“Hm.” The Wraith of the Wood murmured with a strangely amused tone in his voice. “Kiris Miran. That is one of their Reavers, Sir Belas Gilyre. Killing him will be difficult, especially with the dragon here. We must divide them and murder each together.”

Ashya did not say anything immediately, for the pulsing arcane light that followed. Where the great dragon had once stood, now lurked a creature that looked like a cross between a mortal thing and a Dragon; he walked on two legs, had a tail and arms, with a massive snout full of sharp teeth. All said this hybrid form was ten feet tall and looked just as frightful as the ponderously large wyrm that had been there a moment ago, except now the trees would be far less of an advantage.

“Why do we not just leave this place? Go our separate ways?” Ashya suggested as quietly as she could manage. She still planned on killing the Wraith but that could be done any time, any place. The thought of fighting alongside of him was nearly as nauseating as the taste of Malcolm’s blood in her mouth from when it splattered across her face.

“We will survive longer together,” The Wraith reasoned. “You could flee but if you were caught, you would likely be caught by the Reaver and the dragon and you could not best both at once. You would die without your revenge.”

“What about you? What is your reasoning?” The Tashrani woman hissed in response to the sardonic tone the Wraith had adopted. “Do you think your chances of besting me are so great that you should preserve me for your own killing joy?”

“I wish to know why the Whore Queen’s pets are associating with Xannti Dragons,” The Wraith whispered while silently motioning to her to move to the east. “Beyond that, my reasons are my own. There is much more at stake than a sell-sword whose allegiance can be bought should be troubled with.”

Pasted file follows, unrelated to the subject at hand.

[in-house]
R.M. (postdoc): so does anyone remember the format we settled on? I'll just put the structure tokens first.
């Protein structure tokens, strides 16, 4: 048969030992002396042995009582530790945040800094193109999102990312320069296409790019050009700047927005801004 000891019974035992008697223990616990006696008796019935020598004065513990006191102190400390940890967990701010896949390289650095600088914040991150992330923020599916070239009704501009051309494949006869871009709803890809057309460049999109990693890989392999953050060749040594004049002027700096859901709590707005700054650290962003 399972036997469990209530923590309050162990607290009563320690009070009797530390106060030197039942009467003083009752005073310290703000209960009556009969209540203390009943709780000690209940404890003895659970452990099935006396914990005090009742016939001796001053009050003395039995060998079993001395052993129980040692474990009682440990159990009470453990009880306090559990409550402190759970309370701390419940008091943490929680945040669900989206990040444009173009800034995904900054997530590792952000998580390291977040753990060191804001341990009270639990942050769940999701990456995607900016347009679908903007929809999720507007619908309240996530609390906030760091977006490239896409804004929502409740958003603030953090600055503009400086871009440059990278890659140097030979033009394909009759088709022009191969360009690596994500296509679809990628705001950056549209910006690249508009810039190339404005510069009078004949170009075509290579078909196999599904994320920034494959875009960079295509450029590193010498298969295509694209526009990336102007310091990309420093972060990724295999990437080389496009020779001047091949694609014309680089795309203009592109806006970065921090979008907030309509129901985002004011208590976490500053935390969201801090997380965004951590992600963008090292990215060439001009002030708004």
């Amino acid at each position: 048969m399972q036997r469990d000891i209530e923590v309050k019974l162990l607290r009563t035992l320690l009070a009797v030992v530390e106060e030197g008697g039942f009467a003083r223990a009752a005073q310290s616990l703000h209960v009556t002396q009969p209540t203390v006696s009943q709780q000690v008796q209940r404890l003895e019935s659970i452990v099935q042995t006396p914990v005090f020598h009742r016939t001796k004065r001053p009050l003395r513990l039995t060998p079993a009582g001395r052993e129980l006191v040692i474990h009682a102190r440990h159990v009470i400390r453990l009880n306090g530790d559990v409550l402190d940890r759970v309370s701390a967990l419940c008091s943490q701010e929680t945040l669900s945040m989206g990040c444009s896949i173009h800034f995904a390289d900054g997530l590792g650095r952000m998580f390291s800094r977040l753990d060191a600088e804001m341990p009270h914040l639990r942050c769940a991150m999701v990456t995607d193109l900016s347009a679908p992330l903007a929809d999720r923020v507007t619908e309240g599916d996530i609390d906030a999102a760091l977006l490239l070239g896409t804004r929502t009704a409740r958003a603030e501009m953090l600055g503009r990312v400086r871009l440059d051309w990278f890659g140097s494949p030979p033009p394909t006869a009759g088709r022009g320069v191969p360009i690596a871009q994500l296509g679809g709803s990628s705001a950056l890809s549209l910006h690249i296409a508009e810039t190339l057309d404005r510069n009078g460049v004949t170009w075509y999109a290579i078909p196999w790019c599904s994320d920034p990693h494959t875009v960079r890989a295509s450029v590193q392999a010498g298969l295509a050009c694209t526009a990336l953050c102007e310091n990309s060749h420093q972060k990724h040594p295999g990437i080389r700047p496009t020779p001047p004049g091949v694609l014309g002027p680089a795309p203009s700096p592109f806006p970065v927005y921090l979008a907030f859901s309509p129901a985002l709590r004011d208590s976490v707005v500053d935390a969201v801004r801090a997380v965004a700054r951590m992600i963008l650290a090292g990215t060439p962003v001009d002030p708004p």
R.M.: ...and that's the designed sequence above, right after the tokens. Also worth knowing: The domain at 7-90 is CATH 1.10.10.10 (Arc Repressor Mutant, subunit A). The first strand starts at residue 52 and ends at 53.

The urge to stab him in the face with the dagger in her hand grew exponentially with the slight to her honor. While Ashya couldn’t argue that she was a sell-sword, she felt she had shown that she conducted herself with a greater sense of purpose than a common thug. “Words of wisdom from a thoughtless murderer.” She retorted as the pair skulked between tall trees and crisscrossing branches.

The Wraith did not reply to her ire-fueled comment, because he did not care. People thought what they wanted about him. They made up myths and they told tall tales of brushes they had with the infamous killer. He was a monster in every sense of the word, but the invention of imagination and assumption did more to paint his intentions more than any tangle of corpses he left ever did. The Wraith simply continued doing things in a manner that would eventually lead him to his goal, regardless of the consequence. Right now, his goal was maneuvering them into a position where they could kill Sir Belas before his draconic counterpart could become a factor.

* * *

 The Wraith of the Wood knew the Nyseeah Forest exceedingly well, Ashya discovered, though truthfully she was not surprised by this. He had been hunting all manner of man, woman, soldier and bounty hunter within this never-ending maze of trees, branches and wild creatures since she could recall. Gypsy merchants who had traveled to the ‘Old Country’ to sell their wares to the Hillsmen of Brookshire brought back tales of the Wraith and his ghostly murders.

What surprised Ashya was how tactical the Wraith was. He not only knew how to move silently through the tangle of fallen branches and scattered rocks on the forest floor, but there were times he left footprints intentionally for their pursuers to find. He also purposefully let the wound Ashya had scored at his side to bleed a bit, to leave them more evidence to follow. The question on her mind was where exactly was he leading them? For all she knew, this could be an ambush for the dragon, the Kiris Miran Reaver and her. Still, he also had the opportunity to kill her in cold blood two other times but did not. Ashya had to have faith that the man leading her through parts of the forest she never knew even existed was at least honorable enough to keep his word about how and when they would settle their own score.